Back-to-School Night and Beyond: Connecting with Your Child’s Teachers
Weeknights in early fall turn many parents into a post-magical-cake Alice in Wonderland. After fitting your body into a child-sized chair, follow these tips to make Back-To-School Night pain-free (barring cramping from those tiny desks!) and a positive foothold into the rest of the school year.
ARRIVE — AND EXIT — ON TIME
Most schools intend Meet-the-Teacher Nights as an opportunity for parents to hear about their children’s classes and observe their teachers in action. At the middle and high school levels, abbreviated periods often replicate the entire school day. Taking place after your own work day is over, Back-To-School Nights often add six hours onto the teacher’s day, which began around 5am (and will begin again the following day at 5am). Teachers use the brief breaks in between the mini-classes to use the restroom or take a few deep breaths before the next round of parents enters. If you’re late or want feedback on your own child’s progress, please don’t linger during the mini-break between classes. Instead, ask what you missed or schedule a one-on-one meeting by email on another day. Acknowledging the teacher’s humanity – and probable exhaustion! – will go a long way toward establishing good will.
SILENCE YOUR CELL PHONE AND PLACE IT OUT OF VIEW
If there’s a true emergency or you’re waiting for an important call or text, stand outside the classroom until you’ve answered it. A ringing cell phone can steal a minute or more from the brief class and can rattle a teacher. Used to speaking in front of children but not adults, many teachers grow quite nervous about “performing” for parents. Try not to make an exhausting day (see Tip #1) more difficult by being “That Guy” (or “Gal”) whose phone disrupts class.
FOLLOW UP WITH A THANK-YOU NOTE, EMAIL OR CALL
While Tips 1 and 2 establish minimum standards of decorum for Meet-the-Teacher Nights, this one suggests raising the bar to lay a strong foundation with your child’s teachers for the rest of the year. Everyone enjoys receiving praise for a job well done or for going the extra mile. The fourteen-hour-day that your child’s teachers just put in during Back-To-School Night qualifies as an extra mile – or three! Just as the teacher remembers the parent who kept her chatting about textbooks until 9:45pm, long after Meet-the-Teacher Night had ended (true story!), she will also remember the gratitude you express for her efforts that evening – and all year long.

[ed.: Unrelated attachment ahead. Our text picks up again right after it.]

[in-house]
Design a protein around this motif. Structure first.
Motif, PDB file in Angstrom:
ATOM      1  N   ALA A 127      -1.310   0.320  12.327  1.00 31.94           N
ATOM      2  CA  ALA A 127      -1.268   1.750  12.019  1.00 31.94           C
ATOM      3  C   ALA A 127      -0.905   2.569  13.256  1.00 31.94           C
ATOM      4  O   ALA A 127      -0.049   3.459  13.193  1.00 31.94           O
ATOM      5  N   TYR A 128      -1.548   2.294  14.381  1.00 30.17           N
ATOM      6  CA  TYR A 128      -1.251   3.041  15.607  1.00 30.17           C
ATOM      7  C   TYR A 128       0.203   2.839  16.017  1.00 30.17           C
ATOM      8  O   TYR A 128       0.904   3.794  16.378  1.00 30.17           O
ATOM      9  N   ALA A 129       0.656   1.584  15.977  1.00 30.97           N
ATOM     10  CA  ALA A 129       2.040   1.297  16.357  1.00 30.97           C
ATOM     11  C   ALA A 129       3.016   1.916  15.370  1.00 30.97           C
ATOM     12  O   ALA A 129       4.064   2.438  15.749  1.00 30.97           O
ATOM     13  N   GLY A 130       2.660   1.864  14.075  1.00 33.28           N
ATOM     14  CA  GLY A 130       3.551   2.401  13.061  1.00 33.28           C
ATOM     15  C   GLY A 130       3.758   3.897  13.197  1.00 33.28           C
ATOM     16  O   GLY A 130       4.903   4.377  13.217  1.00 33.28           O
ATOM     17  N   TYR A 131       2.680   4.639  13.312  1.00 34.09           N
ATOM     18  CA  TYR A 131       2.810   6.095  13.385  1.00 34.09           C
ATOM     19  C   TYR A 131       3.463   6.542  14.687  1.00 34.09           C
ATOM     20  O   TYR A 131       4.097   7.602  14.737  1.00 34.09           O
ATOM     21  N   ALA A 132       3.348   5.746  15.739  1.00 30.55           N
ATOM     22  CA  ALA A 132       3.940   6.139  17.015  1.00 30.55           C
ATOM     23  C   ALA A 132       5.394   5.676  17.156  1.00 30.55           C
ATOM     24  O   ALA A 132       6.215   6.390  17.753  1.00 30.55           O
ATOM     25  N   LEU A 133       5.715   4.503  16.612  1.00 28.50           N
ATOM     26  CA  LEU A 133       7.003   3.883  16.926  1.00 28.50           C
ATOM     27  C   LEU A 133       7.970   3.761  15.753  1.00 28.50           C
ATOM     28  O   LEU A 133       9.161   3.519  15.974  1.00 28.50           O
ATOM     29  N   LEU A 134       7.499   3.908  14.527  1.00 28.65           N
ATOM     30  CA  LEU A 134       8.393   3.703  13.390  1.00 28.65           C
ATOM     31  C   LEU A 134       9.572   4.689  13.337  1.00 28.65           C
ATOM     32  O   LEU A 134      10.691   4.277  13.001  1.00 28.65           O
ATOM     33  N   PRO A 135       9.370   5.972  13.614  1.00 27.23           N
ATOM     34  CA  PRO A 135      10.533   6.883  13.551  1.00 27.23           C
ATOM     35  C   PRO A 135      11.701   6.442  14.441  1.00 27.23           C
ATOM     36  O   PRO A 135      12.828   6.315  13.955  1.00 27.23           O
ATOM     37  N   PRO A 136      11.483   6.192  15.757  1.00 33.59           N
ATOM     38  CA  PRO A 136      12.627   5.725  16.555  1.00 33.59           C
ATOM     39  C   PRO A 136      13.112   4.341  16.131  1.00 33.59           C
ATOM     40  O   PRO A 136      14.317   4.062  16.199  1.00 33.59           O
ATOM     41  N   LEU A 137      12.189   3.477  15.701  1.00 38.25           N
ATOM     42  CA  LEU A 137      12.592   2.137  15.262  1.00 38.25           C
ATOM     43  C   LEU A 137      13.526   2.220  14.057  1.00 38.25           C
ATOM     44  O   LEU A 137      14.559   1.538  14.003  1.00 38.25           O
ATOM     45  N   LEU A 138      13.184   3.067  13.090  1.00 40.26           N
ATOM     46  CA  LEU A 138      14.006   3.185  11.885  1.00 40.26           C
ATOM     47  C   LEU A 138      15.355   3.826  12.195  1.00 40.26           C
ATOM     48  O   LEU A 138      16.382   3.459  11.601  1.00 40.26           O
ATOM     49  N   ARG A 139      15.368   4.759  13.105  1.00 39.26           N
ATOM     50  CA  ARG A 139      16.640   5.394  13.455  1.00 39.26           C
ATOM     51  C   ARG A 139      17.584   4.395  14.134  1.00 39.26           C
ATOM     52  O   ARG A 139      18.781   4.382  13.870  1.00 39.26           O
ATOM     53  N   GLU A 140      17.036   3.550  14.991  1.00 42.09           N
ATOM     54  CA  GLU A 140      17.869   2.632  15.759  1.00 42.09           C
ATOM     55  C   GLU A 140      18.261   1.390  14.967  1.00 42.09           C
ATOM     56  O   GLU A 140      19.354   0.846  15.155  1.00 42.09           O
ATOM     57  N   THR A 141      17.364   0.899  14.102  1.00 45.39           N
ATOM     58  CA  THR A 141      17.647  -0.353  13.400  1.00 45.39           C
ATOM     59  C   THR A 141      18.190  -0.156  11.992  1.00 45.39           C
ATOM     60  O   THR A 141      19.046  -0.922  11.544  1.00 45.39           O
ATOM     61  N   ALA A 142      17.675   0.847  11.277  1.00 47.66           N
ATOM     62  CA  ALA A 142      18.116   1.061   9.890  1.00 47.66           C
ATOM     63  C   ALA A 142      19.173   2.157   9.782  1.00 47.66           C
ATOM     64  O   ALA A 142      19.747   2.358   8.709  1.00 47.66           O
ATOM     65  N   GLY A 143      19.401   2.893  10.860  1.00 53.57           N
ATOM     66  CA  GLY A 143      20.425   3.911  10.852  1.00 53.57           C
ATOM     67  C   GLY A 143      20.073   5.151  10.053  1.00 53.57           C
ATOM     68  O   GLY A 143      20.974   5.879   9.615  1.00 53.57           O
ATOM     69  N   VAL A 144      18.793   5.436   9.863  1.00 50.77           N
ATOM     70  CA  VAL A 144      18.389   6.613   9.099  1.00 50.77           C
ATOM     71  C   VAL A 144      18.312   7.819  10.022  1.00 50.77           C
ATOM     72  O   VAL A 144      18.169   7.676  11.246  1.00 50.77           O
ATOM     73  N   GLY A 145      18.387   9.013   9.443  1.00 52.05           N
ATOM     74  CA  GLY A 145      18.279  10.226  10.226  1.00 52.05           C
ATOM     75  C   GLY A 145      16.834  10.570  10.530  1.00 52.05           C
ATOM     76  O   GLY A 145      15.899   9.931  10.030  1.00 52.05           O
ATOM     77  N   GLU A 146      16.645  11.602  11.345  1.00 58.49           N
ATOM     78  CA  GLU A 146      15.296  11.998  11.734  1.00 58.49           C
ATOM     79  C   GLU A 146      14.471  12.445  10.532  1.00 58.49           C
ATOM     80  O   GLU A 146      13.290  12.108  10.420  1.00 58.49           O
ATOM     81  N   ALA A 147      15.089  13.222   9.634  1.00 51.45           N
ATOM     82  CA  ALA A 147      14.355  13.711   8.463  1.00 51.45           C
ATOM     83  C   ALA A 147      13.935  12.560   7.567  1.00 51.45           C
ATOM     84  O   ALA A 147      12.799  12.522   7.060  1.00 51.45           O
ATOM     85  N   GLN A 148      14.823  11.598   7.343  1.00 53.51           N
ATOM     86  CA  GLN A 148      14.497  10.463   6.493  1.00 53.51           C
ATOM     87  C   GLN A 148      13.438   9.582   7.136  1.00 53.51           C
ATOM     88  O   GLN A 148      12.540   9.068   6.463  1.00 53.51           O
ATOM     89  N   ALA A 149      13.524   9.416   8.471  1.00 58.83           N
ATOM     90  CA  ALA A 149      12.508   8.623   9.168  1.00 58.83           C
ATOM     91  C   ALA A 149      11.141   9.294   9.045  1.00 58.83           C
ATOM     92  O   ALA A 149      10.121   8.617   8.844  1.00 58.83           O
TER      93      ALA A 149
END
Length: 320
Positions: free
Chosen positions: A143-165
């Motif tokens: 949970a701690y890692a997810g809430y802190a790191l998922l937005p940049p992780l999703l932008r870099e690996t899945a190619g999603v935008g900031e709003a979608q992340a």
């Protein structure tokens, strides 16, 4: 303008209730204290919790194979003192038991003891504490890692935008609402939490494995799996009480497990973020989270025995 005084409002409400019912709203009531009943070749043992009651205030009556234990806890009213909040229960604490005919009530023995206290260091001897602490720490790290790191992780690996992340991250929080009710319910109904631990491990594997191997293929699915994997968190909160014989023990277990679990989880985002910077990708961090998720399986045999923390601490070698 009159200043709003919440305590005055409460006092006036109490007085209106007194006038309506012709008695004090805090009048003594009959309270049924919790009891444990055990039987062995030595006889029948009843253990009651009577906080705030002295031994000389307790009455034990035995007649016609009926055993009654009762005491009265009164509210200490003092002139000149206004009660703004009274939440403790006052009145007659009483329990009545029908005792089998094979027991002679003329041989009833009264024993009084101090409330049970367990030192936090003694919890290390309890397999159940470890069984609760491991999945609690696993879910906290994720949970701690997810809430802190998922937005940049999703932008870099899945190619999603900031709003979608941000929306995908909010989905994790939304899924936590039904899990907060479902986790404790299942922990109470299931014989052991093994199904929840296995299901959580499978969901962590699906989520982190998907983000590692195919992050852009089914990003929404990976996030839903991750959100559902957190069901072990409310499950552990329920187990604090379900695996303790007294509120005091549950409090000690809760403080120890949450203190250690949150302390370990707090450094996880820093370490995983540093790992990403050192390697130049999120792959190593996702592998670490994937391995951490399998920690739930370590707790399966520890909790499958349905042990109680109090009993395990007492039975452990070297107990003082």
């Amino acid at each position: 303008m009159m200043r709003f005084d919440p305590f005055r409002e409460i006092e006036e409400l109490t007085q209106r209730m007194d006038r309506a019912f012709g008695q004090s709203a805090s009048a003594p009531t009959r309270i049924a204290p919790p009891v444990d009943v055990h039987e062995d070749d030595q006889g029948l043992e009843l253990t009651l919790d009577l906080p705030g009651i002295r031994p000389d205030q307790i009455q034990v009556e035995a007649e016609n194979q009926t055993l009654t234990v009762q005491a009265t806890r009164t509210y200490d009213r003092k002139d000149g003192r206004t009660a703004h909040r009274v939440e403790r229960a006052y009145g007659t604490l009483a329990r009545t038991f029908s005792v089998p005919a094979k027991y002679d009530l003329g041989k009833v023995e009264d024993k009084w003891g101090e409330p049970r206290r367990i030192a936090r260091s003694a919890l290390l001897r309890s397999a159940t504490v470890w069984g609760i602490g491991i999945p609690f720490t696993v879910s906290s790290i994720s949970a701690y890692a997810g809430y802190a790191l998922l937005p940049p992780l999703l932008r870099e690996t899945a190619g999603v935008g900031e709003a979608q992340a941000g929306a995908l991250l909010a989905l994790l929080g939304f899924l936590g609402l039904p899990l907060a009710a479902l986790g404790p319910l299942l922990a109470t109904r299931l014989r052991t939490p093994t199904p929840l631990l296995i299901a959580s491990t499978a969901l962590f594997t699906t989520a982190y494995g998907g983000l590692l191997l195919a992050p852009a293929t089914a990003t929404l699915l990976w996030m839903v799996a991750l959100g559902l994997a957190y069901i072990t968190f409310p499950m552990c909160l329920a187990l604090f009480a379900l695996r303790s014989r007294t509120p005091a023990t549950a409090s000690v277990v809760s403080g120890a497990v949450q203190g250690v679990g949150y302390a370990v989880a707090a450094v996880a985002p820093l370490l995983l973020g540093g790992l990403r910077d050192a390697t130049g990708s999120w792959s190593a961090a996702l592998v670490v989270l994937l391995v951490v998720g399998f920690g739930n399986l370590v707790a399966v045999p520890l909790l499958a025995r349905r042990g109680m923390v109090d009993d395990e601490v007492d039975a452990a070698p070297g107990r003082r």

CONTINUE FOLLOWING UP THROUGHOUT THE SCHOOL YEAR.
Middle and high school teachers often see 150 students per day. With lessons to create, papers to grade, students to see, and colleagues to meet, it’s impossible for teachers to remember to send an informal “progress report” without a reminder. If you would like an update on how your child is performing in a certain class, email the teacher directly. Then wait a couple of days for her to respond. In most subjects, a once-every-other-week report will provide a clear picture about a struggling student’s progress. Subjects with numerous quizzes or tests, however, might require more frequent checks, while those with infrequent graded assignments might require fewer. The teacher should be able to suggest an appropriate interval for his class. Whatever the frequency, make it easy for the teacher to respond by emailing him each time you want an update and allowing him at least 48 hours to respond. Oh, and don’t forget Tip #3 (“thank you”) on these communications, too!
CONTACT THE TEACHER BEFORE THE PRINCIPAL OR CHAIRPERSON
The easy rapport that you establish with your child’s teachers now should help mitigate future misunderstandings. Nevertheless, in spite of positive communication in the past, conflicts between students and teachers do arise. While I encourage middle and high schoolers to talk to teachers themselves when they’re unhappy with a grade, sometimes parents need to advocate for their children. If your child has already discussed a conflict with a teacher and the two have been unable to resolve it, call or email the teacher yourself. Don’t, however, go over the teacher’s head by contacting his boss without first giving the teacher a chance to respond to you. Not only do most administrators defer to the teacher’s judgment, but your efforts might unfairly paint you as “difficult.”
Hopefully, the strong foundation you help lay in September will soften any friction in future parent-teacher interactions. In the process, you will model for your child a healthy way to communicate with adults and to resolve conflicts amicably.
Dr. P. (Dominique Padurano, Ph.D.) is an author, speaker, educator, and Founder and Head Coach of Crimson Coaching LLC. Crimson Coaching™ provides expert academic assistance in all subjects for students aged 5 to adult.
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